Watershed planning is a lot more fun than it sounds. Without it, the fate of our local rivers and streams would be left to chance. Considering that the resources they provide are vital to our survival, it’s in our best interest to do some planning!
The Conservation Foundation started working in the watershed planning arena in 1997 with the development of the Upper DuPage River Watershed Implementation Plan, one of the first watershed plans in the state. We have worked with all levels of local government, private landowners and the public sector to develop watershed plans that reflect the needs and interests of the watershed. The planning component is important as it lays out what needs to be done, and once the watershed plan is in place, our focus shifts to working with others to implement plan recommendations.
Watershed planning consists of bringing together people who have an interest or a stake in the watershed to discuss issues, gather data and information and create a list of implementation actions to address identified problems. Having good data is key. Some watershed plans are focused more on preserving or protecting a high quality resource, usually in a more rural setting, and some plans are focused on maintaining and restoring the health of urban streams. The premise that we start with is that everything we do on the land impacts our rivers and stream either positively or negatively, so everyone has a role to play.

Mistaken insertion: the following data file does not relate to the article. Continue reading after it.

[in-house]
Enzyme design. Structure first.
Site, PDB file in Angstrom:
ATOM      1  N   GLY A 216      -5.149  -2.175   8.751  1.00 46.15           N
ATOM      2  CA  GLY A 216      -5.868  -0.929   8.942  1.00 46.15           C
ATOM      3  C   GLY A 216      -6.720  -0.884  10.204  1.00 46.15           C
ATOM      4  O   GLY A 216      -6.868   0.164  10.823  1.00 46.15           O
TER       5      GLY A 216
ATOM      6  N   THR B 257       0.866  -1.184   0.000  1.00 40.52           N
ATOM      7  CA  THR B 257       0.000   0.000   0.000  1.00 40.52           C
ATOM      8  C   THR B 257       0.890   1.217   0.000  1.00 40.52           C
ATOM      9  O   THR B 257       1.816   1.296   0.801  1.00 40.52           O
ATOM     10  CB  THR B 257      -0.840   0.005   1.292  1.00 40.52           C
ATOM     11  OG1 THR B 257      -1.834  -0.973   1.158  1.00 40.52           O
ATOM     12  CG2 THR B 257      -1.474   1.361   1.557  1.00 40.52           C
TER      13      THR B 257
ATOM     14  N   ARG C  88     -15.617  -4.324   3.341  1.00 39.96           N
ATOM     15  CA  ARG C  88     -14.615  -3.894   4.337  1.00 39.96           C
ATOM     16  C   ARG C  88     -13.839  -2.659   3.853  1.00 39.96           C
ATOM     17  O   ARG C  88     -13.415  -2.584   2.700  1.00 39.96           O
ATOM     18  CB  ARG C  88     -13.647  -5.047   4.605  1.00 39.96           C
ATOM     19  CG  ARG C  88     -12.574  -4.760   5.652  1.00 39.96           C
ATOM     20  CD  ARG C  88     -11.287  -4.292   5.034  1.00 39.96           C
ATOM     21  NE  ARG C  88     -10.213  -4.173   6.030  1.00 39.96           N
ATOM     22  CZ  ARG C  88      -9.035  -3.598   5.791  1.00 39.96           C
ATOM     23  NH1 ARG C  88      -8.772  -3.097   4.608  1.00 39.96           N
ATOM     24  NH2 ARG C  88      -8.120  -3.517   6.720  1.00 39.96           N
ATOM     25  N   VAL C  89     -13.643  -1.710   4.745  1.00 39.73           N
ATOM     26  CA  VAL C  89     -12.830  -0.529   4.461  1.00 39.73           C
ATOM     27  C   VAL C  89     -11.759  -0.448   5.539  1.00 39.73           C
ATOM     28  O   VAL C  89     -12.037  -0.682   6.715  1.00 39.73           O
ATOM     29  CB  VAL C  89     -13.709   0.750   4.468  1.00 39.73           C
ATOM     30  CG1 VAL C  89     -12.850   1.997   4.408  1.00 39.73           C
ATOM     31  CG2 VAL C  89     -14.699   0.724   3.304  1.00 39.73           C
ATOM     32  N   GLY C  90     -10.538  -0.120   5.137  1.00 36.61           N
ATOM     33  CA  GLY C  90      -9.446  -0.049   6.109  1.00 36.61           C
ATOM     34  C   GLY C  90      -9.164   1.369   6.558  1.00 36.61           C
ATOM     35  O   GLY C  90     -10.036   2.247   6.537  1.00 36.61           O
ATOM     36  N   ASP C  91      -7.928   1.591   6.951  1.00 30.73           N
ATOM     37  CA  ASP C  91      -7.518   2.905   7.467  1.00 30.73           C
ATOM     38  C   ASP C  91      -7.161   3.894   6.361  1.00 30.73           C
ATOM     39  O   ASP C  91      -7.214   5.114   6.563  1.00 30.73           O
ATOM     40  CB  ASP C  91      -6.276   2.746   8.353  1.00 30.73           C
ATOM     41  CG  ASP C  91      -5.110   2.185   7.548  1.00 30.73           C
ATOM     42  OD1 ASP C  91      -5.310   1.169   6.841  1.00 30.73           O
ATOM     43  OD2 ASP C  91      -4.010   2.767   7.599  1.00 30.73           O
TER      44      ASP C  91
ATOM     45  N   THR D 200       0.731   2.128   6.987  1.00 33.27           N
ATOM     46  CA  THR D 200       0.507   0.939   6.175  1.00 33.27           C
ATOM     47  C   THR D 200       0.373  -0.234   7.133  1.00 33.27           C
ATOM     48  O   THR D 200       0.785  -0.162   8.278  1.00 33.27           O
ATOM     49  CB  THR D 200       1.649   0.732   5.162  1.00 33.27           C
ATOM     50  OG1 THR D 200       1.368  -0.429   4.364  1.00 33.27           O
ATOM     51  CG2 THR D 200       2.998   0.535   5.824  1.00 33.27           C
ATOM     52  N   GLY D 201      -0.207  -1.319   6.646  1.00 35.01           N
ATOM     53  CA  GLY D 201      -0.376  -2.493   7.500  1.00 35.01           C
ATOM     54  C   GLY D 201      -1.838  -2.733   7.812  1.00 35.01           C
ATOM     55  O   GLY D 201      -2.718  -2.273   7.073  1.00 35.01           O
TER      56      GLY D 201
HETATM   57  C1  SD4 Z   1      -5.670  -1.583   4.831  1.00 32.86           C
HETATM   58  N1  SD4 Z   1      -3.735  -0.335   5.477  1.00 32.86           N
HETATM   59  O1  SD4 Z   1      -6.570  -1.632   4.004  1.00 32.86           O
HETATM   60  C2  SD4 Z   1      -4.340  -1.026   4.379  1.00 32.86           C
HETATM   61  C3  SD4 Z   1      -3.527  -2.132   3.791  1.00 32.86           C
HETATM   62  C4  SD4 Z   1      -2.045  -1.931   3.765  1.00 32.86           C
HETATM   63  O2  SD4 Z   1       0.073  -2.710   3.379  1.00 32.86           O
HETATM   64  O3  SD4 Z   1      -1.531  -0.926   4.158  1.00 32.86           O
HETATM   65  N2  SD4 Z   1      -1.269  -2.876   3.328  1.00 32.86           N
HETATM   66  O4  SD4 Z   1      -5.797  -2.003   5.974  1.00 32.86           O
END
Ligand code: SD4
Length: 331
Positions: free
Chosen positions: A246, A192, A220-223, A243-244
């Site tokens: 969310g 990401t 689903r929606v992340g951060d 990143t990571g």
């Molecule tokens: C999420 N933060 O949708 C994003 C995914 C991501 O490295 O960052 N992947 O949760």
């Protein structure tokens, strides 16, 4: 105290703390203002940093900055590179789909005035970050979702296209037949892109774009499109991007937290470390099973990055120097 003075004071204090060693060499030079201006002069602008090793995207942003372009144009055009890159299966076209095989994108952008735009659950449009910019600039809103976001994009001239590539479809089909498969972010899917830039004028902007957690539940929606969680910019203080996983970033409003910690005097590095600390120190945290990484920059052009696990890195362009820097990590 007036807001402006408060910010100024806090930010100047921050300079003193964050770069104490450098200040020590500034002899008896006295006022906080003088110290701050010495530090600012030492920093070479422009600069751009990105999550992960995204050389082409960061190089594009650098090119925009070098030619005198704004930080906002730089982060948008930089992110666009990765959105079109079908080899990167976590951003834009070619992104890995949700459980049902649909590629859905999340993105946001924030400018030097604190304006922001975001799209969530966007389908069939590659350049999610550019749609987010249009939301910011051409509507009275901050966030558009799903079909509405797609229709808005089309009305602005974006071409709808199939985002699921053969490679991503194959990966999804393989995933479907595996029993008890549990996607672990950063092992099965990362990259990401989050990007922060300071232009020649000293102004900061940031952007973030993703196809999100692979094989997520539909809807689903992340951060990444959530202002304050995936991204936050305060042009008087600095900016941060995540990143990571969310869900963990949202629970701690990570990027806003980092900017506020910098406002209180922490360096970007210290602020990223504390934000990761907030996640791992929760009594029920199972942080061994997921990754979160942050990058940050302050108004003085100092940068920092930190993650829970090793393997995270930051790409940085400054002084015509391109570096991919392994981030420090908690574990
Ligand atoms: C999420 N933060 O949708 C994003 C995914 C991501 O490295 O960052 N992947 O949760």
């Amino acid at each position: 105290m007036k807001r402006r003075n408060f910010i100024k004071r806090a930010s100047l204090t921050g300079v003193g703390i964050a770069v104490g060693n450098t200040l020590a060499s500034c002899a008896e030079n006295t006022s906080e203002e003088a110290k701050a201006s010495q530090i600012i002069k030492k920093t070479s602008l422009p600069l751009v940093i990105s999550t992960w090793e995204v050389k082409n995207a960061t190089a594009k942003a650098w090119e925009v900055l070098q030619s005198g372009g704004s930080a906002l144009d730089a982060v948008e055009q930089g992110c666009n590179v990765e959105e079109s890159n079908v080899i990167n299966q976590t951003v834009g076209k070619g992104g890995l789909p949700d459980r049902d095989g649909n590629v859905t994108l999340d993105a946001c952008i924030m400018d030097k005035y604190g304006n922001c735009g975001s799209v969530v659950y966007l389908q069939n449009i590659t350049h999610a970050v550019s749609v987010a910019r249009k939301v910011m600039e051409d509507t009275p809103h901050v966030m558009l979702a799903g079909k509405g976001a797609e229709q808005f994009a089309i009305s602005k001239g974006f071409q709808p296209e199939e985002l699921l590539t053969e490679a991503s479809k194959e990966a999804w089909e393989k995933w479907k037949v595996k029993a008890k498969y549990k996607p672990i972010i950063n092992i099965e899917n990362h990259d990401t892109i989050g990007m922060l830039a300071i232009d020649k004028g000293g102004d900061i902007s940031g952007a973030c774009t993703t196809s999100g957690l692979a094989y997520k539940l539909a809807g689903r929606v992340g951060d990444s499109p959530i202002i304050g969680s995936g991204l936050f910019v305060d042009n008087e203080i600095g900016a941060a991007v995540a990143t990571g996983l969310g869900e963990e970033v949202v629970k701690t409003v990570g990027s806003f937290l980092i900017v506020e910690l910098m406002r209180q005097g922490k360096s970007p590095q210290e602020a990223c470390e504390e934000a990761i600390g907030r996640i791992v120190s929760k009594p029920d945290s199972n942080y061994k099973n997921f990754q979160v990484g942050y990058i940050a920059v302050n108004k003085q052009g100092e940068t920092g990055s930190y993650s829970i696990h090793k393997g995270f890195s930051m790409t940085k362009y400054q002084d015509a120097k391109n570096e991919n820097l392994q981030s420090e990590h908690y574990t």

Although watershed planning has been done for more than 30 years in some places, it is ever evolving. The most successful programs are those that have good participation from not only decision makers, but decision implementers. They often base their decisions first on good data, monitor their results and make changes or adapt as needed to meet aquatic life goals for the streams.
We have had a great deal of focus and success on the DuPage River Watershed (the West Branch DuPage River is right across the street from our McDonald Farm headquarters), but we have also coordinated the stakeholder groups for Blackberry Creek (Kane & Kendall Counties), Tyler Creek (Kane County) Ferson/Otter Creek (Kane County) and Aux Sable Creek (Grundy & Kendall Counties), and acted in an advisory role for Big Rock Creek (Kendall & Kane Counties).